An ad-hoc committee of the French legislature came to a compromise regarding the country’s new immigration bill, which the right hailed as an “ideological victory.”
Marine Le Pen, leader of the National Rally, welcomed the agreement and announced that her MPs would vote in favor of the bill.
“We are celebrating an ideological breakthrough, an ideological victory for the National Alliance, as this law now enshrines the national priority of giving French citizens an advantage over foreigners in our country in access to certain social benefits,” said Le Pen.
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The bill’s key elements are a five-year residence requirement before non-EU migrants can receive state welfare aid — or 30 months if they are employed. It also contains provisions that dual nationals who have committed a crime in France can lose their citizenship and be repatriated.
The law also features migration quotas, and makes it more difficult for the children of immigrants to become French citizens.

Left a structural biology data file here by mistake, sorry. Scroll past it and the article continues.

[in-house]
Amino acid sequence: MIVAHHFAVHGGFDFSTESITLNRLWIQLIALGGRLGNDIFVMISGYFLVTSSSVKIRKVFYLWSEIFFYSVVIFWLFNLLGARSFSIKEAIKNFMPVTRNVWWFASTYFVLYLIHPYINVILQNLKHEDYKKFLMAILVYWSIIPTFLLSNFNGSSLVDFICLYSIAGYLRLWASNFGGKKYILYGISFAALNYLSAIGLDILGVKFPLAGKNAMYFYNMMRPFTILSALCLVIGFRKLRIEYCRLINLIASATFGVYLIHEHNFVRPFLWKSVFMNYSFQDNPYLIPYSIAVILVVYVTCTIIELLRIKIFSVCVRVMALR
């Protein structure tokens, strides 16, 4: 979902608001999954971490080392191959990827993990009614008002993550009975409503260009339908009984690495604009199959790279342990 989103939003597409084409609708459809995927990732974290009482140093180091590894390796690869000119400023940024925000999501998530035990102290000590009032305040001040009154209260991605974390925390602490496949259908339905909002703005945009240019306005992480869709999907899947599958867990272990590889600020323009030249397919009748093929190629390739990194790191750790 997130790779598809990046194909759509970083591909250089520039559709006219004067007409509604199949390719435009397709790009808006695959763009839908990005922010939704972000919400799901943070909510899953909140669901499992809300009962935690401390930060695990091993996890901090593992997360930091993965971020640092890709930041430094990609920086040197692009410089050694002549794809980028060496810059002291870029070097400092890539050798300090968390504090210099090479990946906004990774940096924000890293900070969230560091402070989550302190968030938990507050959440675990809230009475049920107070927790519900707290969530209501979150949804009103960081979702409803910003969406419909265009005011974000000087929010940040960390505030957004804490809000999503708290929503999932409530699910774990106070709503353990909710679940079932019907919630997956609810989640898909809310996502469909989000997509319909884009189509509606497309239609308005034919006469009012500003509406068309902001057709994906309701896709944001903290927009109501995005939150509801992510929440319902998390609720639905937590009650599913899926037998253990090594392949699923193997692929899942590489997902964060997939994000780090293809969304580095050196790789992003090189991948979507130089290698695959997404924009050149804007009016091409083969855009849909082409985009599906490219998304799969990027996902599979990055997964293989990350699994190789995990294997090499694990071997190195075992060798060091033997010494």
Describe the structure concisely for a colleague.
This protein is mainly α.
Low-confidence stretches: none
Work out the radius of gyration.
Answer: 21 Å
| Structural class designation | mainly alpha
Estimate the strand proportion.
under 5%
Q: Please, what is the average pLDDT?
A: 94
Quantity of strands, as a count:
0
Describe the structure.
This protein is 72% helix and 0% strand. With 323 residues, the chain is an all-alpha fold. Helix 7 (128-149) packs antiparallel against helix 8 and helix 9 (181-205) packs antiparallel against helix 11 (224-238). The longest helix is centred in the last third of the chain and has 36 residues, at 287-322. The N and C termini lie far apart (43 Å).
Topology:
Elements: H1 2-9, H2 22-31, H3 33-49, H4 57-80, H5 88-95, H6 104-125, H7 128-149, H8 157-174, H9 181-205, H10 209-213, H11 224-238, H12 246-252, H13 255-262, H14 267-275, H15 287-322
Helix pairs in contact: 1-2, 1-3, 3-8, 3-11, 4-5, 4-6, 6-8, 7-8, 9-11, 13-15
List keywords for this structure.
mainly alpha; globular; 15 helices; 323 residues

After the French Senate rejected the government’s original watered-down proposal last week, a joint committee of the two houses debated the issue for four days.
Eventually, last night, the assembly passed the bill, which many analysts say is a cornerstone of Macron’s second term in office, which began last May.
“Today, strict measures are necessary,” Interior Minister Gérald Darmanin said after the vote in the lower house. “It’s not by holding your nose in central Paris that you can fix the problems of the French in the rest of the country.”
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Meanwhile, right-wing parties, whose more stringent proposals have been incorporated into the bill, are celebrating the vote as their own victory. The left has described the proposals as “radical.”
Éric Ciotti, leader of the center-right Republicans, said “This is our text” and indicated that the group would vote in favor.
But Socialist leader Boris Vallaud, in agreement with other left-wing forces, condemned “a great moment of shame.”
While the vote was a clear success for the right, it also showed cracks in Macron’s own Renaissance party, as 20 of the party’s left-wing MPs voted against it.